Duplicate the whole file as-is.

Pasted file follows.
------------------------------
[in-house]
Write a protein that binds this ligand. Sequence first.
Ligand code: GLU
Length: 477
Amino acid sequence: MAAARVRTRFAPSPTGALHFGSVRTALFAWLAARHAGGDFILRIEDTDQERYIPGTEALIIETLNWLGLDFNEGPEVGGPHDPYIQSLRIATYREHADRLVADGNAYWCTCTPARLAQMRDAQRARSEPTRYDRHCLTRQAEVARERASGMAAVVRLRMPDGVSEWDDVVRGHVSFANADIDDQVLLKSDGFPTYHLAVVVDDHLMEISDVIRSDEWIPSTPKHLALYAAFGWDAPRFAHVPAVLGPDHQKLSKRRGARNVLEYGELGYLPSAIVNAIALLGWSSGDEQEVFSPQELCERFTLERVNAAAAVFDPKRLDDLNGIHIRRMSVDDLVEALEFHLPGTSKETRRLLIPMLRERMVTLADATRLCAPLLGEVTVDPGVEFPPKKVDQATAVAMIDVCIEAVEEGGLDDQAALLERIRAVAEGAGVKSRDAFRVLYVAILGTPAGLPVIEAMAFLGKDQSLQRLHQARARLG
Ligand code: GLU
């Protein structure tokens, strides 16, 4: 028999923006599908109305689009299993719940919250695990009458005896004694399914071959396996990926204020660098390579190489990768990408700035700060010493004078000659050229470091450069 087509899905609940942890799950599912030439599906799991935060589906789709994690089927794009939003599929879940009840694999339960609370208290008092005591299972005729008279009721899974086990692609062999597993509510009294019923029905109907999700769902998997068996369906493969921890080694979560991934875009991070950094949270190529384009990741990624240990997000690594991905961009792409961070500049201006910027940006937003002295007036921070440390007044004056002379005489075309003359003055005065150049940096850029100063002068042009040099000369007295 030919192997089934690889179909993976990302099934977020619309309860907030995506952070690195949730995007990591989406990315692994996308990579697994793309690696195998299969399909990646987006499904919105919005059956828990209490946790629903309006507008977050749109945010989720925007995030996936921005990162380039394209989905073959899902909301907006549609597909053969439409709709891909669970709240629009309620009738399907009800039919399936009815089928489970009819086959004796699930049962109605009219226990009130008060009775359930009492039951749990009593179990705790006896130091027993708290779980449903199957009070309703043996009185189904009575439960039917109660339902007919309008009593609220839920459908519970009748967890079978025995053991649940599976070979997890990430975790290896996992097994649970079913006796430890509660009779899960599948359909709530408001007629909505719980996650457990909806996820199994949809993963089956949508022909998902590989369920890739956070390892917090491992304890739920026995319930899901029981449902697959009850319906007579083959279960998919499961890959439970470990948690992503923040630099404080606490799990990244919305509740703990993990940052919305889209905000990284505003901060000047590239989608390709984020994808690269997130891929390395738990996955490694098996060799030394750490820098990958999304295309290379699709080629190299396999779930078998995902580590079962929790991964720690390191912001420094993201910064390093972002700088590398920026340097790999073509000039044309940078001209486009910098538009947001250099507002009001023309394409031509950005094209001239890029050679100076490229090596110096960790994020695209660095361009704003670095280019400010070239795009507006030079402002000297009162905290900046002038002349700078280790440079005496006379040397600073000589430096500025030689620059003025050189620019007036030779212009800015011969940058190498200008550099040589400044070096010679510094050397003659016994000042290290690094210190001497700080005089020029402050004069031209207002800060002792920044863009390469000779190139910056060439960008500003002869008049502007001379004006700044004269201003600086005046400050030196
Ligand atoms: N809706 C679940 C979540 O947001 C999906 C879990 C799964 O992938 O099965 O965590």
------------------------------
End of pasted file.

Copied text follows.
[in-house]
Write a protein that binds this ligand. Sequence first.
Ligand code: GLU
Length: 477
Amino acid sequence: MAAARVRTRFAPSPTGALHFGSVRTALFAWLAARHAGGDFILRIEDTDQERYIPGTEALIIETLNWLGLDFNEGPEVGGPHDPYIQSLRIATYREHADRLVADGNAYWCTCTPARLAQMRDAQRARSEPTRYDRHCLTRQAEVARERASGMAAVVRLRMPDGVSEWDDVVRGHVSFANADIDDQVLLKSDGFPTYHLAVVVDDHLMEISDVIRSDEWIPSTPKHLALYAAFGWDAPRFAHVPAVLGPDHQKLSKRRGARNVLEYGELGYLPSAIVNAIALLGWSSGDEQEVFSPQELCERFTLERVNAAAAVFDPKRLDDLNGIHIRRMSVDDLVEALEFHLPGTSKETRRLLIPMLRERMVTLADATRLCAPLLGEVTVDPGVEFPPKKVDQATAVAMIDVCIEAVEEGGLDDQAALLERIRAVAEGAGVKSRDAFRVLYVAILGTPAGLPVIEAMAFLGKDQSLQRLHQARARLG
Ligand code: GLU
């Protein structure tokens, strides 16, 4: 028999923006599908109305689009299993719940919250695990009458005896004694399914071959396996990926204020660098390579190489990768990408700035700060010493004078000659050229470091450069 087509899905609940942890799950599912030439599906799991935060589906789709994690089927794009939003599929879940009840694999339960609370208290008092005591299972005729008279009721899974086990692609062999597993509510009294019923029905109907999700769902998997068996369906493969921890080694979560991934875009991070950094949270190529384009990741990624240990997000690594991905961009792409961070500049201006910027940006937003002295007036921070440390007044004056002379005489075309003359003055005065150049940096850029100063002068042009040099000369007295 030919192997089934690889179909993976990302099934977020619309309860907030995506952070690195949730995007990591989406990315692994996308990579697994793309690696195998299969399909990646987006499904919105919005059956828990209490946790629903309006507008977050749109945010989720925007995030996936921005990162380039394209989905073959899902909301907006549609597909053969439409709709891909669970709240629009309620009738399907009800039919399936009815089928489970009819086959004796699930049962109605009219226990009130008060009775359930009492039951749990009593179990705790006896130091027993708290779980449903199957009070309703043996009185189904009575439960039917109660339902007919309008009593609220839920459908519970009748967890079978025995053991649940599976070979997890990430975790290896996992097994649970079913006796430890509660009779899960599948359909709530408001007629909505719980996650457990909806996820199994949809993963089956949508022909998902590989369920890739956070390892917090491992304890739920026995319930899901029981449902697959009850319906007579083959279960998919499961890959439970470990948690992503923040630099404080606490799990990244919305509740703990993990940052919305889209905000990284505003901060000047590239989608390709984020994808690269997130891929390395738990996955490694098996060799030394750490820098990958999304295309290379699709080629190299396999779930078998995902580590079962929790991964720690390191912001420094993201910064390093972002700088590398920026340097790999073509000039044309940078001209486009910098538009947001250099507002009001023309394409031509950005094209001239890029050679100076490229090596110096960790994020695209660095361009704003670095280019400010070239795009507006030079402002000297009162905290900046002038002349700078280790440079005496006379040397600073000589430096500025030689620059003025050189620019007036030779212009800015011969940058190498200008550099040589400044070096010679510094050397003659016994000042290290690094210190001497700080005089020029402050004069031209207002800060002792920044863009390469000779190139910056060439960008500003002869008049502007001379004006700044004269201003600086005046400050030196
Ligand atoms: N809706 C679940 C979540 O947001 C999906 C879990 C799964 O992938 O099965 O965590």